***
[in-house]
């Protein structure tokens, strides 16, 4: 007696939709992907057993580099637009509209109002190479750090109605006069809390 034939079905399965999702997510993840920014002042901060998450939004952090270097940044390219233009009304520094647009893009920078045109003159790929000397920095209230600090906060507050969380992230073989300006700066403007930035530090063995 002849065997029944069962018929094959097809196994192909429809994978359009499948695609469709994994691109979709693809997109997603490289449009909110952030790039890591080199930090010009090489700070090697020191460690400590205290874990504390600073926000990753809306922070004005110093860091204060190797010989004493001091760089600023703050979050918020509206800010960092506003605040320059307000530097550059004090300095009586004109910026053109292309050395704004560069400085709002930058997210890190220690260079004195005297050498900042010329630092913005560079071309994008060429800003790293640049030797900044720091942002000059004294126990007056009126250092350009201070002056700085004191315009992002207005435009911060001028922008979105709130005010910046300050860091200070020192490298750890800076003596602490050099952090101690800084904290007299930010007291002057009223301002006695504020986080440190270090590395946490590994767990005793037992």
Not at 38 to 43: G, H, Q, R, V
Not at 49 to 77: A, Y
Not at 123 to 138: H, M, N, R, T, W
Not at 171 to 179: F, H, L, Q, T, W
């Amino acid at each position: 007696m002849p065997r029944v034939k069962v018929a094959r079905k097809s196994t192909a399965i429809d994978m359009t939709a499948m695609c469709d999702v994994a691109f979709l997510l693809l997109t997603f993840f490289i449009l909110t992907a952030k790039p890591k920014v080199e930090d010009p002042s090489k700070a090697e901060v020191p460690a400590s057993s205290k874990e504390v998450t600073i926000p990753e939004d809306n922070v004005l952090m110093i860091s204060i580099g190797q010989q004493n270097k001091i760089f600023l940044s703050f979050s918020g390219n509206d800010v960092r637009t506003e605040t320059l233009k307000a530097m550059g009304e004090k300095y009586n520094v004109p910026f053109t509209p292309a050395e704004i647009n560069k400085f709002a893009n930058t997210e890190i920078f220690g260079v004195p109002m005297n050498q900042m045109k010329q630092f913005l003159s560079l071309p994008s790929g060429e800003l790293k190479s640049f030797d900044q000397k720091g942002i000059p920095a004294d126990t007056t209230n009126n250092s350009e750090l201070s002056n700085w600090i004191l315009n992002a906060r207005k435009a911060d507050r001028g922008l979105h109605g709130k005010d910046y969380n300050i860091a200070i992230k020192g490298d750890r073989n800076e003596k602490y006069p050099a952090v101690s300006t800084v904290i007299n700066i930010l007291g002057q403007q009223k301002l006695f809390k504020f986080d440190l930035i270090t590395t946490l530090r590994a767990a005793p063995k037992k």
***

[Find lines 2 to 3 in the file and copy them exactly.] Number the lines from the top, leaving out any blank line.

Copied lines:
């Protein structure tokens, strides 16, 4: 007696939709992907057993580099637009509209109002190479750090109605006069809390 034939079905399965999702997510993840920014002042901060998450939004952090270097940044390219233009009304520094647009893009920078045109003159790929000397920095209230600090906060507050969380992230073989300006700066403007930035530090063995 002849065997029944069962018929094959097809196994192909429809994978359009499948695609469709994994691109979709693809997109997603490289449009909110952030790039890591080199930090010009090489700070090697020191460690400590205290874990504390600073926000990753809306922070004005110093860091204060190797010989004493001091760089600023703050979050918020509206800010960092506003605040320059307000530097550059004090300095009586004109910026053109292309050395704004560069400085709002930058997210890190220690260079004195005297050498900042010329630092913005560079071309994008060429800003790293640049030797900044720091942002000059004294126990007056009126250092350009201070002056700085004191315009992002207005435009911060001028922008979105709130005010910046300050860091200070020192490298750890800076003596602490050099952090101690800084904290007299930010007291002057009223301002006695504020986080440190270090590395946490590994767990005793037992």
Not at 38 to 43: G, H, Q, R, V